During the investigation, the regulator identified VGC failed to undertake sufficient checks to verify the underlying source of the customer funds in some instances.

The Commission again referred to Customer A as an example, setting out how they incurred losses of £275,000 over 22 months before a request of funds evidence was made, and after which this showed the losses were not sustainable and the fact VGC relied on the customer being the main shareholder for a dormant company that worked at its premises

Customer B, who lost £93,294 was also cited again, with the Commission acknowledging while VGC requested they provide proof of source of funds in March 2018 within seven days, the customer did not submit copies of bank statements until seven weeks later but was allowed to gamble at VGC’s premises in that period. Statements showed a substantial balance and regular payments into the account, but the origin of the funds were not verified. 

In addition, the customer experienced a number of wins and was believed to have used these funds to gamble. However, it was not clear whether the customer had withdrawn these funds and removed them from VGC’s premises.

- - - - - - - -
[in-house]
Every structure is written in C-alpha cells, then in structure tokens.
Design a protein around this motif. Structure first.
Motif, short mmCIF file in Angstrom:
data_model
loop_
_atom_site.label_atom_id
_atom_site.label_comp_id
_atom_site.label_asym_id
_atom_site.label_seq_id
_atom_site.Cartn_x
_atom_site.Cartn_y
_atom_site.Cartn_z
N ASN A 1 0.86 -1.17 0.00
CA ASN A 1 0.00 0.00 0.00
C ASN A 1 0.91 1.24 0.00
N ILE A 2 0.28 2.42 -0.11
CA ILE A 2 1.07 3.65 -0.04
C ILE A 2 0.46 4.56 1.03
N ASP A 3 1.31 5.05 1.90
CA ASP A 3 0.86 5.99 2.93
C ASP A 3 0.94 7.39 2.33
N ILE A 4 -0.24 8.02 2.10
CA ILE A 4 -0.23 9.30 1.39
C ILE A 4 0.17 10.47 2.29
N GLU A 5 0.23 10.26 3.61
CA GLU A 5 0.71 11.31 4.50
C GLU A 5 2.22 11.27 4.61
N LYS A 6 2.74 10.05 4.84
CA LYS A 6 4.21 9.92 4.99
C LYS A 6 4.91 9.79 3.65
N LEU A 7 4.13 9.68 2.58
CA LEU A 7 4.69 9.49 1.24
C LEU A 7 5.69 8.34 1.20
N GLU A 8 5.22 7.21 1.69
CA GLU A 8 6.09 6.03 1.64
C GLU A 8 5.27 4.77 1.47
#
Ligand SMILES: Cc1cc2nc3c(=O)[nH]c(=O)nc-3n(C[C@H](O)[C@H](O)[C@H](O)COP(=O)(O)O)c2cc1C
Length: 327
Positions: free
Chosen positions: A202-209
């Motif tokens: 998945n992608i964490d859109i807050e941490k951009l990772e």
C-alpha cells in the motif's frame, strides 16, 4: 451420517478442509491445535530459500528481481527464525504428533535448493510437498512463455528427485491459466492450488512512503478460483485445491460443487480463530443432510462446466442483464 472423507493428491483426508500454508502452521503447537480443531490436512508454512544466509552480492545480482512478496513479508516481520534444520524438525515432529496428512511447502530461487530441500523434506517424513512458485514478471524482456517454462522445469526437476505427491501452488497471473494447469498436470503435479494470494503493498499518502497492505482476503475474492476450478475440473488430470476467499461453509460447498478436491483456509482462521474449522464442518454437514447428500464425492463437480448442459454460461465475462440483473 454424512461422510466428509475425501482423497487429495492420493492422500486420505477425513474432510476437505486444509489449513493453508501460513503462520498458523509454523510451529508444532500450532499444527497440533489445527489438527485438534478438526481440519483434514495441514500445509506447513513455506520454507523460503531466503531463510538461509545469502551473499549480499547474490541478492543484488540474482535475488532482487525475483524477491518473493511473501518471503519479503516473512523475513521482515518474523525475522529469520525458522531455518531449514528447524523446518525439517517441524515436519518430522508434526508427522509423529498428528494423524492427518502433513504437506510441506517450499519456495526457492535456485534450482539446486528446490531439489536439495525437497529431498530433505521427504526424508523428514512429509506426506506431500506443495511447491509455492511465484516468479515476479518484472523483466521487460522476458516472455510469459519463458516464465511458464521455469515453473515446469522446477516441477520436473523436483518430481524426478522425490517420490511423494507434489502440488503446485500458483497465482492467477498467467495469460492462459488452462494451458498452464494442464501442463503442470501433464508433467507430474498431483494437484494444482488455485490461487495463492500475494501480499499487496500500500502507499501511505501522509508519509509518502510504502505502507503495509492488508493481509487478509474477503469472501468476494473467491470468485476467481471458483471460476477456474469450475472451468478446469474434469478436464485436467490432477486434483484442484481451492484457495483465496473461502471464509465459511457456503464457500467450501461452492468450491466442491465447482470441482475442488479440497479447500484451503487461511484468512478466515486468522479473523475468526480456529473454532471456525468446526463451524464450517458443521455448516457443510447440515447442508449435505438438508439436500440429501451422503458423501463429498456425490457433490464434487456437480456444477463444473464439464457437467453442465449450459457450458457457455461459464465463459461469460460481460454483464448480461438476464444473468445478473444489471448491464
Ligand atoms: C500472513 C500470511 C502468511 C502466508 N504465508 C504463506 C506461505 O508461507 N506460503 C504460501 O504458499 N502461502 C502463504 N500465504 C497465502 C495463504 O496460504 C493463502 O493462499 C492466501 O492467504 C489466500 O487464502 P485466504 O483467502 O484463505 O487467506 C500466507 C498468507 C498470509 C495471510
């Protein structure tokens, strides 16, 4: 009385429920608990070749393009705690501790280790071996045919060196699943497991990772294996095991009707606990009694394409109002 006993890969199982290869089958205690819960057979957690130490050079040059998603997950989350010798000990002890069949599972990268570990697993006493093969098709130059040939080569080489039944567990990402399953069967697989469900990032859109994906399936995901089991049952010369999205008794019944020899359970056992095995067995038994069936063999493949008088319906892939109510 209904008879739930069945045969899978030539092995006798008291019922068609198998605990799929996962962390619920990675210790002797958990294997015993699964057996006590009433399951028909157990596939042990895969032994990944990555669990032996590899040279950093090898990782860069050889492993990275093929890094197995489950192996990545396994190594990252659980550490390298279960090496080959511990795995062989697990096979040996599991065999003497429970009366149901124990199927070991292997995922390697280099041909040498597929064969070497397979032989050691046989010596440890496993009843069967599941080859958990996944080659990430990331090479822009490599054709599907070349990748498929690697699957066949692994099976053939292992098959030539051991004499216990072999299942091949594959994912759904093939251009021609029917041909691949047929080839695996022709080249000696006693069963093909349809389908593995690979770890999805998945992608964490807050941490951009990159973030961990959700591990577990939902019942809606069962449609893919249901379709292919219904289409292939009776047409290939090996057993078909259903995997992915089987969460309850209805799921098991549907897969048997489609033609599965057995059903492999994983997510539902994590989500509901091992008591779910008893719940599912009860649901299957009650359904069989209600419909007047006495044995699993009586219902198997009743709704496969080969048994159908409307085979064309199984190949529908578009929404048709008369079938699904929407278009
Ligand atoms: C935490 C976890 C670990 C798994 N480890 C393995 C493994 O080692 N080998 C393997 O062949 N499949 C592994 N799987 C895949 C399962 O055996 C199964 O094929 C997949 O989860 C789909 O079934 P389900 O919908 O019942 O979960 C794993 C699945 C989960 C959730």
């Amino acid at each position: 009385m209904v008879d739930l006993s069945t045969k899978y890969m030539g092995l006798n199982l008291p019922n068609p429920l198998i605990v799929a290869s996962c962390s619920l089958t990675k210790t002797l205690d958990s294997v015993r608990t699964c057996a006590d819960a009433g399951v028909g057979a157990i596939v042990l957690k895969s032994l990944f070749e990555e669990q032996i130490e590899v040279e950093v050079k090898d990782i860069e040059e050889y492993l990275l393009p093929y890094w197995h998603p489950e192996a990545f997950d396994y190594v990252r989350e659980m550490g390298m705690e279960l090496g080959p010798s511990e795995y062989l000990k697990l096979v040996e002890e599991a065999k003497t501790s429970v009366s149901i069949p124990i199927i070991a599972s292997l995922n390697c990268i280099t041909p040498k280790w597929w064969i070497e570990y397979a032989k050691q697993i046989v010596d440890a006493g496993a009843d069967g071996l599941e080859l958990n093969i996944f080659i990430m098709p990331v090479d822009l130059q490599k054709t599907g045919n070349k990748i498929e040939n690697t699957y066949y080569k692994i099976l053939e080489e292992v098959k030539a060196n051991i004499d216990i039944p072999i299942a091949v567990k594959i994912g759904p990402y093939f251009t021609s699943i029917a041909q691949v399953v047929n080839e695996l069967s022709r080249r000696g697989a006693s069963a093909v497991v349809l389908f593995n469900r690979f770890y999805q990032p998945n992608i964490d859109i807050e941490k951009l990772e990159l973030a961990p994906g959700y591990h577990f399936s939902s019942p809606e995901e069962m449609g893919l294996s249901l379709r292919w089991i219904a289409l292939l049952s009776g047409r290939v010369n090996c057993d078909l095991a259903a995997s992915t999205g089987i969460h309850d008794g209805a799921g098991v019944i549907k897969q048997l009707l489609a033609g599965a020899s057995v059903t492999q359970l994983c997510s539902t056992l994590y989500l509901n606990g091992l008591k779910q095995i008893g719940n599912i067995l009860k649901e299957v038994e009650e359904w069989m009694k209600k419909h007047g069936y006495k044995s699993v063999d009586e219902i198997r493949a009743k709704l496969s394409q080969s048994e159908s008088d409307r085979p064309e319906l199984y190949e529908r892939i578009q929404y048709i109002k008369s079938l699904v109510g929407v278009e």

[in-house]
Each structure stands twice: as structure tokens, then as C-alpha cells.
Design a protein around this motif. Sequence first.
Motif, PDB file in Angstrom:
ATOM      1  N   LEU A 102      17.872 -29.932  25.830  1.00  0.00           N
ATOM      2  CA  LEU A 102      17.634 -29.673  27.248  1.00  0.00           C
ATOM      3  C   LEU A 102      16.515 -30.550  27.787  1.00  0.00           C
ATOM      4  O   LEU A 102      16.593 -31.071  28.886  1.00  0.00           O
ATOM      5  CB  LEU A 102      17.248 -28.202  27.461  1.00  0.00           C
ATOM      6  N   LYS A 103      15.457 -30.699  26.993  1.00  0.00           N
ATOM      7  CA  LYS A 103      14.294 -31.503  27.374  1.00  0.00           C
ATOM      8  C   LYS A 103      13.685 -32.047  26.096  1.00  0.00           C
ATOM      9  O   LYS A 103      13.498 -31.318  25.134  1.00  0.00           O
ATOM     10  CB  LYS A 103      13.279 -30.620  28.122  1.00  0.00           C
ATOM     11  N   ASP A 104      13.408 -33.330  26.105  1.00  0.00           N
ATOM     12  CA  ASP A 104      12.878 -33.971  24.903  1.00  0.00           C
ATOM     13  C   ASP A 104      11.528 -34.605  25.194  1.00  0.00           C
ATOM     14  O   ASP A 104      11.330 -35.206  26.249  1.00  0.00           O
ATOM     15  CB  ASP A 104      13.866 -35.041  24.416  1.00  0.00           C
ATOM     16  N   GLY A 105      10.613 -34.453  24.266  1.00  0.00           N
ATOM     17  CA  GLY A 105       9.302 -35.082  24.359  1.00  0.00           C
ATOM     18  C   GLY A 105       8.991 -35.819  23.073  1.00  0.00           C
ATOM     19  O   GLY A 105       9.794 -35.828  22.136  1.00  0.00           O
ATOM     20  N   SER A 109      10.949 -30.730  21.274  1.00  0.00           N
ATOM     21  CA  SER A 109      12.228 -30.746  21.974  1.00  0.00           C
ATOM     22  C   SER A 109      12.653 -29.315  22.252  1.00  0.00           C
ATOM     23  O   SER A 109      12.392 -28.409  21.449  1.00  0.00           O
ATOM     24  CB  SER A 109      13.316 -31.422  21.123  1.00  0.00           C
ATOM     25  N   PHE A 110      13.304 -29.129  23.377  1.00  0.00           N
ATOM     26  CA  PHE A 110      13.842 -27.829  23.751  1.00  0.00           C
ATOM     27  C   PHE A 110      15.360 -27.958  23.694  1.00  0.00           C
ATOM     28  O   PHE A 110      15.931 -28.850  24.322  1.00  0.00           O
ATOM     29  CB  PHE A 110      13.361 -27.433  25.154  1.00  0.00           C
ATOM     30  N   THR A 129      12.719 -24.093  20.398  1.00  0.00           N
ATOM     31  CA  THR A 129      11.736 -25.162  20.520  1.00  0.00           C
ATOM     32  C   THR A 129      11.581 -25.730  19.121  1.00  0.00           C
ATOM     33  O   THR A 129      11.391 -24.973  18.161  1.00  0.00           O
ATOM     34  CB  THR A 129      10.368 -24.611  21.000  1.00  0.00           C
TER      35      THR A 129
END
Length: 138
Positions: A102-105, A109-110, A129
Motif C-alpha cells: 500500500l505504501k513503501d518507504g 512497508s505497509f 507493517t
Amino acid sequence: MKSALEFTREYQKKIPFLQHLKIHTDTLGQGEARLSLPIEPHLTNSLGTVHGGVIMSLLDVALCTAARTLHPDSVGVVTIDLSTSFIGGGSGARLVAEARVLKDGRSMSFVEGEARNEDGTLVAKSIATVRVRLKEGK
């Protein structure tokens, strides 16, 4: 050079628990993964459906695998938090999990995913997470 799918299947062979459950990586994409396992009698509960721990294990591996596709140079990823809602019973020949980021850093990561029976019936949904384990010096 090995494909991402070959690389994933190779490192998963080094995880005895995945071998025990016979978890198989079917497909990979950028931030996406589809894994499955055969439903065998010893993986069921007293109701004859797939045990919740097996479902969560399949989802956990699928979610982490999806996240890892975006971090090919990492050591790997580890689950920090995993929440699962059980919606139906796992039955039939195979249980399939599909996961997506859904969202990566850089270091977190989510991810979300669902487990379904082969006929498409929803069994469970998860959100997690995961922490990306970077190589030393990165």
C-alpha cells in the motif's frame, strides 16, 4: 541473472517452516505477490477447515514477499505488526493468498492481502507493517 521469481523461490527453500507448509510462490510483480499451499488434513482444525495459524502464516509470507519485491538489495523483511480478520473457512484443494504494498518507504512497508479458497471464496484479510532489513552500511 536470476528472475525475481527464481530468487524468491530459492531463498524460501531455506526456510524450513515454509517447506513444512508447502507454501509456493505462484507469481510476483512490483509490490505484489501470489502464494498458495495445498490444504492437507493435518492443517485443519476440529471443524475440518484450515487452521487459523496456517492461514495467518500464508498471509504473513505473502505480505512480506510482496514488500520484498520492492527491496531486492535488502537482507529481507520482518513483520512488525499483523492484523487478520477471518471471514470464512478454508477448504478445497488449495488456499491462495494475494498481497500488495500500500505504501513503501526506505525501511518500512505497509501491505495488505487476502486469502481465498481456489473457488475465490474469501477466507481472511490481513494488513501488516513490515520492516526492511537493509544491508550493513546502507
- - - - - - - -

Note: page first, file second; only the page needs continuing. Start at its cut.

The Commission found the customer was spoken to eight months later with regards to an annual review and they advised VGC they would submit the required documents. However, the customer visited the premises a week later but did not provide the documentation and it was not clear if, or when, the documents were submitted.

The regulator said VGC cooperated with enquiries during the investigation and accepted the implementation of its policies and procedures in respect of AML and safer gambling were not effective.

VGC also committed to an ongoing programme of improvements, including a full review of its process for collation, review and sign-off of customer profiles, a review of its Enhanced Due Diligence process, and a detailed gap analysis to assess the areas of its policies that required improvement.